Holiday Open House
Holiday Open House
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We have products to create this season’s pleasant outdoor experience!
We are proud to carry: citronella candles, citronella incense, bug spray and a bug ball fly trap.
Butterfly Life Cycles
Presentation by Ted and Shannon at recent Event “Monarchs & Mimosas”
Presentation given October 22 and 23, at Clay Garden
I want to talk to you about the butterfly life cycles, which we all know as metamorphosis. All insects go through metamorphosis, but butterflies go through complete metamorphosis. Complete metamorphosis is four different life cycles or stages. Butterflies would rather mate than eat. So first the male and female mate, then the female gets busy laying eggs. She will smell the plants with her antennas and taste the plants with her feet, so that she can find the perfect food for her babies/caterpillars. Butterflies have a very specific plant that their caterpillars will eat. These are known as host plants and are just as important as nectar (flowers) plants in a butterfly garden. The female butterfly can lay up to a thousand eggs but sadly only about one percent will make it to adulthood. While laying eggs some butterflies will lay one egg at a time, some lay in clusters while others will stack eggs on top of each other. The eggs come in many different colors, shapes and sizes depending on the butterfly that is laying the egg. The egg life cycle again depending on the butterfly will last for three to five days. When the egg is about to hatch it will turn dark, and soon out comes the caterpillar.
Often the caterpillar’s first meal will be his egg shell. Then he is on to the leaves. As they grow they shed their skin many times and sometimes will eat their shed skin. Caterpillars are easy prey so they use different ways to deter predators. Like some resemble bird poop, or have false eyes to look like a snake and some have spikey hairs that looks like they might sting. Although, butterflies do not sting, bite or harm us in any way. Swallowtail caterpillars have something very special and unique to them. They have an osmeterium; it’s a fork like tongue that emits a foul odor to deter predators. Caterpillars will grow two thousand times in size in this stage and this is the only stage that the butterfly grows. The caterpillar stage is typically 10 to 14 days. When ready he will travel away from host plant and find a place to make a silk button and hand in a J shape to get ready to make the chrysalis or pupa. The caterpillar will shed his skin one last time. When they do it will reveal the chrysalis.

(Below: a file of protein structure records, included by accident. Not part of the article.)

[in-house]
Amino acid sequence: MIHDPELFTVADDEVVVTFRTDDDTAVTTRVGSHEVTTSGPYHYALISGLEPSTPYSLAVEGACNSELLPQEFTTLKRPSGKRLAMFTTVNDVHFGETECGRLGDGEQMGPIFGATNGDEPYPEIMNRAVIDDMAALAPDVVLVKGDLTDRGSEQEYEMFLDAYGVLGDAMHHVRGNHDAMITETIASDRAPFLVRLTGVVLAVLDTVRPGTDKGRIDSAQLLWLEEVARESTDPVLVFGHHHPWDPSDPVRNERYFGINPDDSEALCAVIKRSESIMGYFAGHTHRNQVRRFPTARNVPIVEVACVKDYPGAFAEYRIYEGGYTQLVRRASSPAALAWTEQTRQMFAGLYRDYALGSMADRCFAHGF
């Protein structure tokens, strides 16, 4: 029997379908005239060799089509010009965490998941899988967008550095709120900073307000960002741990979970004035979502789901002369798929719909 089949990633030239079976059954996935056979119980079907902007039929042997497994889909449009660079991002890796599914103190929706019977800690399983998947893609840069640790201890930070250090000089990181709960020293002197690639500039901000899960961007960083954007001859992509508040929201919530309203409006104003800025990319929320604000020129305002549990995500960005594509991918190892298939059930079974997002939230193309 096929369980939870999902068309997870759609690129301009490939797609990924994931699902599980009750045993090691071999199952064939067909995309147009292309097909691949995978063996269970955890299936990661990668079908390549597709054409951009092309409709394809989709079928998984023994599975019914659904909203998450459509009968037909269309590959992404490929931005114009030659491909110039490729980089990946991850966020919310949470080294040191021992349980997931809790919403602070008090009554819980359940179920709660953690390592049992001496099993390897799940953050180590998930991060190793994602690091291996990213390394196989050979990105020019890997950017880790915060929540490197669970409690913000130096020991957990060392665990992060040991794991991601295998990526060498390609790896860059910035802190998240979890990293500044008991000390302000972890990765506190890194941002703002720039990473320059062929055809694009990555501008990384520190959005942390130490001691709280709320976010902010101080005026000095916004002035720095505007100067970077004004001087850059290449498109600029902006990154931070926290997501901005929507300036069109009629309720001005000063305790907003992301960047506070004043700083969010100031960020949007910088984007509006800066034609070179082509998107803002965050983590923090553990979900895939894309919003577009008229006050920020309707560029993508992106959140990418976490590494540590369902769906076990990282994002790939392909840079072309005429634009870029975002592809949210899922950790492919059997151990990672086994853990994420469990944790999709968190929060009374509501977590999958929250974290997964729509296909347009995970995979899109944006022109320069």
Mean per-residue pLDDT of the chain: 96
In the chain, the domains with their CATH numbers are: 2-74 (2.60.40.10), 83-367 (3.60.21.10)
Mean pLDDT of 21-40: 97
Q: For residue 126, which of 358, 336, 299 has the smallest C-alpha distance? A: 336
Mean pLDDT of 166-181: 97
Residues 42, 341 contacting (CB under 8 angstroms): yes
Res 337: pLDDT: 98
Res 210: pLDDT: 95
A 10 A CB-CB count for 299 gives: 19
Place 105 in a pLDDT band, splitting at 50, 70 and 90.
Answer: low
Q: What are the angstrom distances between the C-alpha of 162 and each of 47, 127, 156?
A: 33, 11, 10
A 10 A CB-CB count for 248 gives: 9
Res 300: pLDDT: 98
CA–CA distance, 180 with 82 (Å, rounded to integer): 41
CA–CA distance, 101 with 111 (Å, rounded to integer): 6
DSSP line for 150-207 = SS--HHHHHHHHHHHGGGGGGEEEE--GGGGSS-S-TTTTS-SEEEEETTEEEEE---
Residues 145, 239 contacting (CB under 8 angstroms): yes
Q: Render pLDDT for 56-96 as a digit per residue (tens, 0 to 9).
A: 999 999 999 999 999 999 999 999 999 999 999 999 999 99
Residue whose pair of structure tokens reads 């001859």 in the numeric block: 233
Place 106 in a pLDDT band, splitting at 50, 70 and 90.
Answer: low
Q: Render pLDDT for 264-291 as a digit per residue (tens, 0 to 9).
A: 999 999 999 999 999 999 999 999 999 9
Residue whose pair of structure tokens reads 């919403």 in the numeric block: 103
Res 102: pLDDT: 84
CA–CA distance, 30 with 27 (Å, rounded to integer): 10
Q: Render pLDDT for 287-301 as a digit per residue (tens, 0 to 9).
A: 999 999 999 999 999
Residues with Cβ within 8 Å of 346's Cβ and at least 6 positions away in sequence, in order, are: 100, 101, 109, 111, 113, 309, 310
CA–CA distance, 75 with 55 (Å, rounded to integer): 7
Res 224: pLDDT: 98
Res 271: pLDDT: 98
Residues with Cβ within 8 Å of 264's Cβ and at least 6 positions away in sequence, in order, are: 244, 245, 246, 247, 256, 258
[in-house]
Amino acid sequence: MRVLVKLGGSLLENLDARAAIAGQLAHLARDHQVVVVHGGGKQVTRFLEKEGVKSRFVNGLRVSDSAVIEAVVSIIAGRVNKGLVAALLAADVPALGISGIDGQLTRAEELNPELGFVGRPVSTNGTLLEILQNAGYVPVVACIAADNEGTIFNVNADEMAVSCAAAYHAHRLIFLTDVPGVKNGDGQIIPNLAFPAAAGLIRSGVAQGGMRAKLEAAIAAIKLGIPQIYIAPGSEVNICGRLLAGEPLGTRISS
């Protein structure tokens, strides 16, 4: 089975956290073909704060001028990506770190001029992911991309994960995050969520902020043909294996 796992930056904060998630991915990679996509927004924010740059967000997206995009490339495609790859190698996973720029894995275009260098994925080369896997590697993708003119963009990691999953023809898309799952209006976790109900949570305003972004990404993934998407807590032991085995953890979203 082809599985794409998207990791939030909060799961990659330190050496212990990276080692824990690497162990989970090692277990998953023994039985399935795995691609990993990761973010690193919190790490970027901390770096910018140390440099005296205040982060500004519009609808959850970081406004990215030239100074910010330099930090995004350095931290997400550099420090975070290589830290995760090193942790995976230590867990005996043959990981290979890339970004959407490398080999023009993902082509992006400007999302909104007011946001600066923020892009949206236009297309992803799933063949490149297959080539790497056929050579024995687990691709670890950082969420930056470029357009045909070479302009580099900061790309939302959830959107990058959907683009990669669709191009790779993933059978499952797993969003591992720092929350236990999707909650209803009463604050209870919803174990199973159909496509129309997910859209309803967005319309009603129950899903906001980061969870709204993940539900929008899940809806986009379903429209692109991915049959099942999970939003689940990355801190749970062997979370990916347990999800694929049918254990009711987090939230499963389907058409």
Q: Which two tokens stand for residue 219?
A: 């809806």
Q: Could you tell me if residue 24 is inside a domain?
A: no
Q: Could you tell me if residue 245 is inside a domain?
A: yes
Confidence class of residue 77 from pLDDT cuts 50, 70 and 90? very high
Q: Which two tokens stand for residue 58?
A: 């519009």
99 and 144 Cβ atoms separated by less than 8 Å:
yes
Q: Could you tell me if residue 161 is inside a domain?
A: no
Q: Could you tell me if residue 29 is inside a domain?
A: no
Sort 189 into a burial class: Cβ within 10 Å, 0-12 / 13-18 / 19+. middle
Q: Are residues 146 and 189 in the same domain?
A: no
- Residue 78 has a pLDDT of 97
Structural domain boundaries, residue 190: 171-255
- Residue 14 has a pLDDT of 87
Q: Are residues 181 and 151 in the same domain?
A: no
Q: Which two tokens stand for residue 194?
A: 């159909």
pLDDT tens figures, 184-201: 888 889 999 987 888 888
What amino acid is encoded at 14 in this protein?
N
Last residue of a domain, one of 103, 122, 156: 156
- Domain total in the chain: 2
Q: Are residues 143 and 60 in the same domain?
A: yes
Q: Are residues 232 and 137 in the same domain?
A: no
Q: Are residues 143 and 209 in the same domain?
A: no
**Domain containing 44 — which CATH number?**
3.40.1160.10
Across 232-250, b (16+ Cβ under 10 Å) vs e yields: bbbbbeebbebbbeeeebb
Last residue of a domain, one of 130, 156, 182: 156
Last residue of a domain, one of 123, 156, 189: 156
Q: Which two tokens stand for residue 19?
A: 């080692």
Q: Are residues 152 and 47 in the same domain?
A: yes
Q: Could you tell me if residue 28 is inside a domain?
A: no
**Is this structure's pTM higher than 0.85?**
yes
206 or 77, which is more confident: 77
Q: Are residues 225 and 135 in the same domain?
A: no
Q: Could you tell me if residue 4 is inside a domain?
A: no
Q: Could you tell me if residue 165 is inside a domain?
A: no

In this stage the caterpillar will liquefy and reform as the butterfly. They are vulnerable as well, so they use camouflage to hide. The giant swallowtail’s pupa looks like a stick or part of a branch. While the monarch’s pupa is green and can blend in with the plants. Red admirals will shake violently when disturbed. The chrysalis or pupa life cycle is 10 to 14 days. When the butterfly gets ready to emerge the pupa will turn dark and you can see the colors of the butterfly wings. When the butterfly does emerge they are not ready to fly. They must uncurl their wrinkled wings and pump fluid from their body in to the wings. Their wings are still wet and it takes about an hour or more to dry out, and then they are ready to fly.
Once they have made it to the final life cycle, which is referred to as adult butterfly. They are ready to start the process all over again and find a mate to mate. Adult butterflies drink nectar from flowers, but they also drink from tree sap, rotting fruit, and salt and minerals from the earth. This drinking from the earth is called puddling and it helps in reproduction. Most adult butterflies live one to two weeks, but the zebra longwing (the state butterfly of Florida) can live up to 6 months. Because they eat pollen from flowers this allows them to live longer. Monarchs are another butterfly that can live a longer life. The last brood of the summer will travel to the mountains in Mexico and will overwinter there. Then when spring comes along they will make their way back to North America.